Bed bugs

Bed bugs are the common term for parasite insects with the scientific name Cimex lectularius, or Cimicidae. They are similar to fleas in that they feed on blood of mammals, including household pets and humans. In the wild, these insects also feed on birds and bats. They are small, growing to no more than a ¼ inch. Like many insects they can multiply quickly; a female can lay up to five eggs per day.

They can be very irritating pests, and make a bedroom unbearable, but they do not typically carry diseases the way ticks can. They do bite, and suck your blood while you’re asleep. This can result in a rash or allergic reaction, which doctors can treat with antihistimines and steroids. But the irritation can be extremely bad. An ABC report stated that 30% of people bitten by the pests are estimated to develop a reaction. In the 19th Century folk wisdom sometimes blamed bedbugs for transmittal of serious diseases but modern research has found they do not carry human diseases and pose little serious threat.

An experienced exterminator may be able to identify bed bugs or signs of bed bugs. A century ago, bed bugs were much more common.  They found good places to nest in the sprung mattresses of the day.  Advances in hygiene and materials reduced their prevalence. Curiously, bed bugs are eaten by mice. If you have mice in your house, you have a lower chance of bed bugs. When people took actions to get rid of mice, they inadvertently increased the odds of bed bugs. Today, with fewer house mice, there are fewer predators hunting out the bugs. Improvements in mattresses have made them less attractive to bed bug nests. However, bed bugs do live on. Sometimes they nest in mattresses, sometimes in the walls, sometimes in other furniture. Movie theaters and hospitals and thrift stores are also homes to bed bugs.

Sleep hygiene principles at one time (and to some extent today) included keeping the bed away from walls and clothing off the floors in an attempt to prevent insects from getting to the bed and the sleeper. Beds were also set with the posts in cans filled with oils.

In recent years bedbugs have come back and are more prevalent.  The reason for this resurgence is not known.  Interestingly, in the past bedbugs were more common in the homes of the lower socioeconomic classes.  Now they are found everywhere.

Fighting bed bugs

Call an exterminator. Make sure any contractor you hire has at least some experience with bed bugs. Exterminators all have experience with ants and termites, but bed bugs are more rare and require a different type of treatment. You may wish to consider whether you want an exterminator’s type of pesticide treatment at all. They will be applying a pesticide inside your house, where you live, and some people are uncomfortable with that. Some exterminators also have the ability to cover furniture in a tent and fumigate. This method can remove the bed bug threat from quality furniture and still maintain the value of the furniture. For infested mattresses, though, it is sometimes not worth it and iconyou may wish to just throw the mattress and box spring into the trash. (Don’t donate infested mattresses to charity; make sure they are disposed of.) Exterminators may tell you they use "natural" pesticides which are usually a class of chemical compound called pyrethrins, but these natural substances can be dangerous to people too.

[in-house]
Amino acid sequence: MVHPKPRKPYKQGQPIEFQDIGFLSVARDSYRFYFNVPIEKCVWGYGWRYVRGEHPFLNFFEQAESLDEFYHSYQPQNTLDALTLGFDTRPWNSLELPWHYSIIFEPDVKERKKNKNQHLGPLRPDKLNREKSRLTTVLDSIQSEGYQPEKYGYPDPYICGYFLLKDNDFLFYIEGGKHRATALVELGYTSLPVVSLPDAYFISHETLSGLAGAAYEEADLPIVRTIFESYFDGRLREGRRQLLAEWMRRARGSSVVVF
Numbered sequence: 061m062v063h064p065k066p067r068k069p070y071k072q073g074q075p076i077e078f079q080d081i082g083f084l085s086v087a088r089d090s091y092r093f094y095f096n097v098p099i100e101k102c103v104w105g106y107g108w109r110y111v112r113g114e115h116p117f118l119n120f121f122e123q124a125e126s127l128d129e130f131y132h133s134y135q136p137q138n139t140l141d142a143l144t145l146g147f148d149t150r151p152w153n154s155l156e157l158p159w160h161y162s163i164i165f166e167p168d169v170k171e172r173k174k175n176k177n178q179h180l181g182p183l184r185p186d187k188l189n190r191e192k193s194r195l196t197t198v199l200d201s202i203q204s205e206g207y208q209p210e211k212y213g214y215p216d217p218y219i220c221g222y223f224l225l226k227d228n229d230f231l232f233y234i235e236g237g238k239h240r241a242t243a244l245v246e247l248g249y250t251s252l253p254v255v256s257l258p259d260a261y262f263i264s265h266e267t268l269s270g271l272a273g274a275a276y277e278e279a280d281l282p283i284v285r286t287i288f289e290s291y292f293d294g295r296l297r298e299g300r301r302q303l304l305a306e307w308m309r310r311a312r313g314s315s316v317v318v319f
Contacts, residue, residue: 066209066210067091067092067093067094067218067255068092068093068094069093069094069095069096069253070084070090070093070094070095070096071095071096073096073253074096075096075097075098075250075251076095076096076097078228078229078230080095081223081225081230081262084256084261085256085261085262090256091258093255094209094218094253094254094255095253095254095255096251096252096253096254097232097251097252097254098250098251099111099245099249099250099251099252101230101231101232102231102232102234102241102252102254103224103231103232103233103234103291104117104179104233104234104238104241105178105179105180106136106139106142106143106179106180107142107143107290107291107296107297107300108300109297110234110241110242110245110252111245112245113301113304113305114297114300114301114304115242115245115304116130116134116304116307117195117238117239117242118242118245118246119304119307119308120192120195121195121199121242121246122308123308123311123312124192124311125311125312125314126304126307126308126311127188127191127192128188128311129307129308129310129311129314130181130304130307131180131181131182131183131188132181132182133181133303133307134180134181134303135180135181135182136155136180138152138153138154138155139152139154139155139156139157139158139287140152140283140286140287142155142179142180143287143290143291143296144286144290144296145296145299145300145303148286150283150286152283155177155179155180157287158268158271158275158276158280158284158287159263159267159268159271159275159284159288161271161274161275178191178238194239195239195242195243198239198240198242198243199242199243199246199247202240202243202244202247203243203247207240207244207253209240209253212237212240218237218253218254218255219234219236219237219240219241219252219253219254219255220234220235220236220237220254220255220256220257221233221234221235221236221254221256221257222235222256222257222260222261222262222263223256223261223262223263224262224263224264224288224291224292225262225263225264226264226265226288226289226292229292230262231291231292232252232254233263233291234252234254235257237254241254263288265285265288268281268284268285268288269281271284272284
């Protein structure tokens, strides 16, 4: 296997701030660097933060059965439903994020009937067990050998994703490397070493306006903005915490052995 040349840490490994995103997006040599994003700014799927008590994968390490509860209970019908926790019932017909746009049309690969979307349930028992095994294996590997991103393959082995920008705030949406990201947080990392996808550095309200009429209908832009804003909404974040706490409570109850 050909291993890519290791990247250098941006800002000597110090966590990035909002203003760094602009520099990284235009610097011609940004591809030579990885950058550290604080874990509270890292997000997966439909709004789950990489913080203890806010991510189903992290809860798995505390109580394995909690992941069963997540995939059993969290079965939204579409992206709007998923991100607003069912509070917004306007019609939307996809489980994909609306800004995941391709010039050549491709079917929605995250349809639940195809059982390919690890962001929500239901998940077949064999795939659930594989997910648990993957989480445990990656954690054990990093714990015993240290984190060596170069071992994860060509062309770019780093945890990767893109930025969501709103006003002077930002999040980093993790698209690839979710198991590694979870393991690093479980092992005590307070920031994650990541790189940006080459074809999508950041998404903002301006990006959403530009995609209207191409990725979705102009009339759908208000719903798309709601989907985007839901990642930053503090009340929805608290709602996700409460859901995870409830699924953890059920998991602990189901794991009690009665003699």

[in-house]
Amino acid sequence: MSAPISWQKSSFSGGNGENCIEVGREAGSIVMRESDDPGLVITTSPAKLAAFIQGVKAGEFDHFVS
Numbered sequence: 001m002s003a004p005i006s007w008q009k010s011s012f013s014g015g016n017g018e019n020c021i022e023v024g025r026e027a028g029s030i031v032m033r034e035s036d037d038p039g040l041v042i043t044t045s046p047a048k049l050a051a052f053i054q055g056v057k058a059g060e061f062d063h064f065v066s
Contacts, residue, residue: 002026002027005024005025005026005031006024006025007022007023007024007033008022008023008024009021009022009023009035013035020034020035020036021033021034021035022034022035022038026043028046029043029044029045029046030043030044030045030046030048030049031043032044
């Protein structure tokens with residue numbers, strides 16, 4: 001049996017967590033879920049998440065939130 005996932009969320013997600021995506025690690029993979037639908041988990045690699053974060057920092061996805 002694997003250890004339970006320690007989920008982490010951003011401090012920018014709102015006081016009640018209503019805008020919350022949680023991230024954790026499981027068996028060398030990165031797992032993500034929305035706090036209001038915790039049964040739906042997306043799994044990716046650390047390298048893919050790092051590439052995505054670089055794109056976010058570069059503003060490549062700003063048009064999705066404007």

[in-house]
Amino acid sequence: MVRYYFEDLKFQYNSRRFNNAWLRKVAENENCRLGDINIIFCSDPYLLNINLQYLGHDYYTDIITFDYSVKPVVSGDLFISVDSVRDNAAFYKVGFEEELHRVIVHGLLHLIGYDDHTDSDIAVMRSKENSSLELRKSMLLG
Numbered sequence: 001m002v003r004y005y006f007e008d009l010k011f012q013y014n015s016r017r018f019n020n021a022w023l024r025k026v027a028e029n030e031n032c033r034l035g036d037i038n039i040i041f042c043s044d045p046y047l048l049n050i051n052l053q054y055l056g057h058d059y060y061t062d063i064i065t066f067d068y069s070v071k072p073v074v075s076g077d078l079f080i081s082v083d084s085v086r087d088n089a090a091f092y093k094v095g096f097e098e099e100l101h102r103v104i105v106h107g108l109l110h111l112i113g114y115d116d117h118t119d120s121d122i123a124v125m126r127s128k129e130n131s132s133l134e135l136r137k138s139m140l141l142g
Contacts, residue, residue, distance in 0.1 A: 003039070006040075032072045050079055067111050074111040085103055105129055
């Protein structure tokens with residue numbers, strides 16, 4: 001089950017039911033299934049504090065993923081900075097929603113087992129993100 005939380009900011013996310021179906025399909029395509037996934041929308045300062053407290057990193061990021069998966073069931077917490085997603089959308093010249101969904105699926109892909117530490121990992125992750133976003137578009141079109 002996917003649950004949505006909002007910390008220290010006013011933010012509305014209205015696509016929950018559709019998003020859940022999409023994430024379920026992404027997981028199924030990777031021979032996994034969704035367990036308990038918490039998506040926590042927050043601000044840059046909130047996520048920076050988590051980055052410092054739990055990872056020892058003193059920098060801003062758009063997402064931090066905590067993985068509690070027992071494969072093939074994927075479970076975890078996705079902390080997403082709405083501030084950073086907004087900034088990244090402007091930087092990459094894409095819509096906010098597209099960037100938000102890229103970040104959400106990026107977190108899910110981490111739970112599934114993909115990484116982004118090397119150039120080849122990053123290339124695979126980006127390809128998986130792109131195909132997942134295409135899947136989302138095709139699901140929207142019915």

Exterminators typically cost between $400 and $900 for one room.  Multiple rooms will be more. Check the rules where you live, but landlords usually are obliged to provide reasonable accommodations for pest-free dwelling. Your local health agency or housing authority can provide more guidance. The National Pest Management Association says reports of bedbugs are up by a factor of 50 this decade. The EPA cautions against consumers indiscriminately applying pesticides to their mattresses, and there has been some talk recently of an emergency program to screen agricultural chemicals to see if they are safe to use inside the house. Indeed, the Centers for Disease Control counted 111 Americans who got ill after exposure to areas that had been treated for bed bugs between 2003 and 2010, and there are surely many cases the CDC doesn't know about.

Bringing bed bugs home with you

If you sleep in a bed with bedbugs, or even leave your suitcase open in an infested motel room, you risk bringing the bugs back with you. That part of the reason travel experts recommend washing the clothes you bring back in your suitcase. You also need to keep vigilant to see that no bugs are attached to your skin or scalp. Treatments for head lice are sometimes effective against bed bugs.

Texas A&M Page on Bed Bugs

The University of Florida has a webpage with pictures of bed bugs -

The Sleepdex book is now available on

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